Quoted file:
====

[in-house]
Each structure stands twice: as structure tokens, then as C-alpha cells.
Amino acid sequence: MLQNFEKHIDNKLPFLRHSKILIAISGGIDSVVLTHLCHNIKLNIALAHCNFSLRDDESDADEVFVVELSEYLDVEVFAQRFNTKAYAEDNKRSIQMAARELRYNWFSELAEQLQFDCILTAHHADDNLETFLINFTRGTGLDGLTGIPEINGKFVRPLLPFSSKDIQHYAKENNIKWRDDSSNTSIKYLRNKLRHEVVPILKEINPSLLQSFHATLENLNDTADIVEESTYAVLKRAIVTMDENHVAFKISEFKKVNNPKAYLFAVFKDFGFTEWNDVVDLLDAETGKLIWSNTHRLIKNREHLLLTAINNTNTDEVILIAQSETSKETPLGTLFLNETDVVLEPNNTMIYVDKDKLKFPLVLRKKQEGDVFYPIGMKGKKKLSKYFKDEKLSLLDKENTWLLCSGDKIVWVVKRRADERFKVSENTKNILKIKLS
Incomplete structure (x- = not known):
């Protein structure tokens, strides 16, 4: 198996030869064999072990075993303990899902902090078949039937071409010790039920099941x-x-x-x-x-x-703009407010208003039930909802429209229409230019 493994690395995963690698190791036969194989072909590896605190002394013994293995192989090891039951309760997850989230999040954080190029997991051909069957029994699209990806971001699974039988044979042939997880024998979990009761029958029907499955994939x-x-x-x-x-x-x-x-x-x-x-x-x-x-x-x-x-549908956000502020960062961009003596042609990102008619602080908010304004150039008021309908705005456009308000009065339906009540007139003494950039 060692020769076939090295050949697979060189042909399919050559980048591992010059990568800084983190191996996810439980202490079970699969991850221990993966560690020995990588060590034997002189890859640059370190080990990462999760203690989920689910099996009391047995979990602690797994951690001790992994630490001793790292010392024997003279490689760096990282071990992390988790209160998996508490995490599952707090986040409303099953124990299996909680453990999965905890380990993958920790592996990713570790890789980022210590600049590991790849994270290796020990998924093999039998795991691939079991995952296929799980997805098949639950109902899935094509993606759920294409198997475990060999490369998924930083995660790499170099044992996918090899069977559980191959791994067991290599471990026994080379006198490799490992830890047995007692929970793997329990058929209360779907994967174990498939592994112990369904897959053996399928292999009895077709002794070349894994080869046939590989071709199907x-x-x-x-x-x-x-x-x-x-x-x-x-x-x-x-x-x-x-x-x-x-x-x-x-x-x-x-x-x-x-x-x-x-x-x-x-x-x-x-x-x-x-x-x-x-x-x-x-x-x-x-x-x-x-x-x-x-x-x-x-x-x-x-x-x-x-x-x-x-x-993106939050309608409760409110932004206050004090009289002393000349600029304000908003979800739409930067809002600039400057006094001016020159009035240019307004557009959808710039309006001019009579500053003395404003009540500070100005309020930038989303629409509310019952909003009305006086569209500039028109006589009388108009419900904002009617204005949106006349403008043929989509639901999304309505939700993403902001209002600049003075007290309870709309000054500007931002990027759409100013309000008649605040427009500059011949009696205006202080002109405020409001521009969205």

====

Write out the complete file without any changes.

[in-house]
Each structure stands twice: as structure tokens, then as C-alpha cells.
Amino acid sequence: MLQNFEKHIDNKLPFLRHSKILIAISGGIDSVVLTHLCHNIKLNIALAHCNFSLRDDESDADEVFVVELSEYLDVEVFAQRFNTKAYAEDNKRSIQMAARELRYNWFSELAEQLQFDCILTAHHADDNLETFLINFTRGTGLDGLTGIPEINGKFVRPLLPFSSKDIQHYAKENNIKWRDDSSNTSIKYLRNKLRHEVVPILKEINPSLLQSFHATLENLNDTADIVEESTYAVLKRAIVTMDENHVAFKISEFKKVNNPKAYLFAVFKDFGFTEWNDVVDLLDAETGKLIWSNTHRLIKNREHLLLTAINNTNTDEVILIAQSETSKETPLGTLFLNETDVVLEPNNTMIYVDKDKLKFPLVLRKKQEGDVFYPIGMKGKKKLSKYFKDEKLSLLDKENTWLLCSGDKIVWVVKRRADERFKVSENTKNILKIKLS
Incomplete structure (x- = not known):
């Protein structure tokens, strides 16, 4: 198996030869064999072990075993303990899902902090078949039937071409010790039920099941x-x-x-x-x-x-703009407010208003039930909802429209229409230019 493994690395995963690698190791036969194989072909590896605190002394013994293995192989090891039951309760997850989230999040954080190029997991051909069957029994699209990806971001699974039988044979042939997880024998979990009761029958029907499955994939x-x-x-x-x-x-x-x-x-x-x-x-x-x-x-x-x-549908956000502020960062961009003596042609990102008619602080908010304004150039008021309908705005456009308000009065339906009540007139003494950039 060692020769076939090295050949697979060189042909399919050559980048591992010059990568800084983190191996996810439980202490079970699969991850221990993966560690020995990588060590034997002189890859640059370190080990990462999760203690989920689910099996009391047995979990602690797994951690001790992994630490001793790292010392024997003279490689760096990282071990992390988790209160998996508490995490599952707090986040409303099953124990299996909680453990999965905890380990993958920790592996990713570790890789980022210590600049590991790849994270290796020990998924093999039998795991691939079991995952296929799980997805098949639950109902899935094509993606759920294409198997475990060999490369998924930083995660790499170099044992996918090899069977559980191959791994067991290599471990026994080379006198490799490992830890047995007692929970793997329990058929209360779907994967174990498939592994112990369904897959053996399928292999009895077709002794070349894994080869046939590989071709199907x-x-x-x-x-x-x-x-x-x-x-x-x-x-x-x-x-x-x-x-x-x-x-x-x-x-x-x-x-x-x-x-x-x-x-x-x-x-x-x-x-x-x-x-x-x-x-x-x-x-x-x-x-x-x-x-x-x-x-x-x-x-x-x-x-x-x-x-x-x-x-993106939050309608409760409110932004206050004090009289002393000349600029304000908003979800739409930067809002600039400057006094001016020159009035240019307004557009959808710039309006001019009579500053003395404003009540500070100005309020930038989303629409509310019952909003009305006086569209500039028109006589009388108009419900904002009617204005949106006349403008043929989509639901999304309505939700993403902001209002600049003075007290309870709309000054500007931002990027759409100013309000008649605040427009500059011949009696205006202080002109405020409001521009969205």